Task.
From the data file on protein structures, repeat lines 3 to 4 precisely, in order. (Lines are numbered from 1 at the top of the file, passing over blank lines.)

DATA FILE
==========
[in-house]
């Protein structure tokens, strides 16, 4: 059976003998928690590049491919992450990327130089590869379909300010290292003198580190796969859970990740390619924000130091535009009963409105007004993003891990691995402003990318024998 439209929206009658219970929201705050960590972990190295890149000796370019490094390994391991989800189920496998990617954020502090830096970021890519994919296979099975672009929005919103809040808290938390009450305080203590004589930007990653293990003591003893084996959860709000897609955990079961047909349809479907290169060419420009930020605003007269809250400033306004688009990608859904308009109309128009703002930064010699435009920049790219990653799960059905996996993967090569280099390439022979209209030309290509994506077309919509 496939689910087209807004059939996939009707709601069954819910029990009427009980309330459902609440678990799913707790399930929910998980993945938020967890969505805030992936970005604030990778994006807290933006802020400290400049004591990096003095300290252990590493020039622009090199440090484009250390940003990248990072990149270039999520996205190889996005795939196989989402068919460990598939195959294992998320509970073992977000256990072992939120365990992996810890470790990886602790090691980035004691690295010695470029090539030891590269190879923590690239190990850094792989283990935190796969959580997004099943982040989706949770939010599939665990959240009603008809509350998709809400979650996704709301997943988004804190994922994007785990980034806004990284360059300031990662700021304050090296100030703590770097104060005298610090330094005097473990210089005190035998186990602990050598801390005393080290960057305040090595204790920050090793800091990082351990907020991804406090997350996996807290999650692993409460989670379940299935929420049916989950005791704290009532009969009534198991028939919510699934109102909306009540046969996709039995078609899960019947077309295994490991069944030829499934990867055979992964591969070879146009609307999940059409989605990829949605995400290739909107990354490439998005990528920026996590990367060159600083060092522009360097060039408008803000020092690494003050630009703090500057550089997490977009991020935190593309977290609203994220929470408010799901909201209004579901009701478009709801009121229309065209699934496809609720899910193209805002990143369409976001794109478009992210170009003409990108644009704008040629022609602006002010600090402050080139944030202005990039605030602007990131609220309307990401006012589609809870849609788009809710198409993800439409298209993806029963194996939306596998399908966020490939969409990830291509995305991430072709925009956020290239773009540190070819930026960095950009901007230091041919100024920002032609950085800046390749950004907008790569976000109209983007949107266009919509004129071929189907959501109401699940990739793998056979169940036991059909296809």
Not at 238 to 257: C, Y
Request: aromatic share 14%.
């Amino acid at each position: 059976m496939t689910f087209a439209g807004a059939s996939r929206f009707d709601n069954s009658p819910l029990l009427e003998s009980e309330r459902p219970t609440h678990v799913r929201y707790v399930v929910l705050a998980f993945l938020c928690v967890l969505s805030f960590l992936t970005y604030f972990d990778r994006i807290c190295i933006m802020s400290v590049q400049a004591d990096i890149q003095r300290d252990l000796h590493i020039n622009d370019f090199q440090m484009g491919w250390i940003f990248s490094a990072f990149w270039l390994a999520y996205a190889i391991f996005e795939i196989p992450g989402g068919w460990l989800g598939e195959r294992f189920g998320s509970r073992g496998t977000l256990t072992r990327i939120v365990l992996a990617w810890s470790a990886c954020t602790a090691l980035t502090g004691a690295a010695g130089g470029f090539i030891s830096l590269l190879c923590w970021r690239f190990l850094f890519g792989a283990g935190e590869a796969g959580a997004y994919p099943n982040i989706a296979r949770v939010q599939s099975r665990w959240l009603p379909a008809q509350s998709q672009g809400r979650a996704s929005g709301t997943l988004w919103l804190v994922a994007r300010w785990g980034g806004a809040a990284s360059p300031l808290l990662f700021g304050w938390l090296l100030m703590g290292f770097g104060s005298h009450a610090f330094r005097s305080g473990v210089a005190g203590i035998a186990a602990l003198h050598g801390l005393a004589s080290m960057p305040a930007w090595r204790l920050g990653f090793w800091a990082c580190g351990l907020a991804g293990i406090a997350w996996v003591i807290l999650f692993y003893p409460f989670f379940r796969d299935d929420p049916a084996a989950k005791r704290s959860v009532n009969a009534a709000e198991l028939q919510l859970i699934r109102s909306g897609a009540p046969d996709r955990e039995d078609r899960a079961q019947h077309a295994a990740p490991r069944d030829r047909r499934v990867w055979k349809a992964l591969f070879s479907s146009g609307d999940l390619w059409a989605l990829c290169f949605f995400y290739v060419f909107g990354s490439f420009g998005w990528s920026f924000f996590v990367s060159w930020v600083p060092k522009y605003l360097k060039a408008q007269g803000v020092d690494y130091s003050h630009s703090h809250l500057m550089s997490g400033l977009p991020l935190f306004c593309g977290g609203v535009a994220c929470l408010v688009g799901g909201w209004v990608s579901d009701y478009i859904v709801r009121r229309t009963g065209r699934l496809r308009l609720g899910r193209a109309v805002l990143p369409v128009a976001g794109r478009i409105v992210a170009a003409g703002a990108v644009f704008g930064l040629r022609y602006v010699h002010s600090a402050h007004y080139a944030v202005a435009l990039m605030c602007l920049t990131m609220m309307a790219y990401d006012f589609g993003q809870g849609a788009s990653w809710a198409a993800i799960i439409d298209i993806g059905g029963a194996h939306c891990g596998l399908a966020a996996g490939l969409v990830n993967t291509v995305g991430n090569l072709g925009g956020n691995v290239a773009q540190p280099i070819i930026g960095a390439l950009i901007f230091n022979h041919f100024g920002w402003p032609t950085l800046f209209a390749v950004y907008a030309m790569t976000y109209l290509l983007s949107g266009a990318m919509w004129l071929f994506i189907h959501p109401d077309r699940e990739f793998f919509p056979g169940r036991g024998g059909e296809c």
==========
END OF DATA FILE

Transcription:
Not at 238 to 257: C, Y
Request: aromatic share 14%.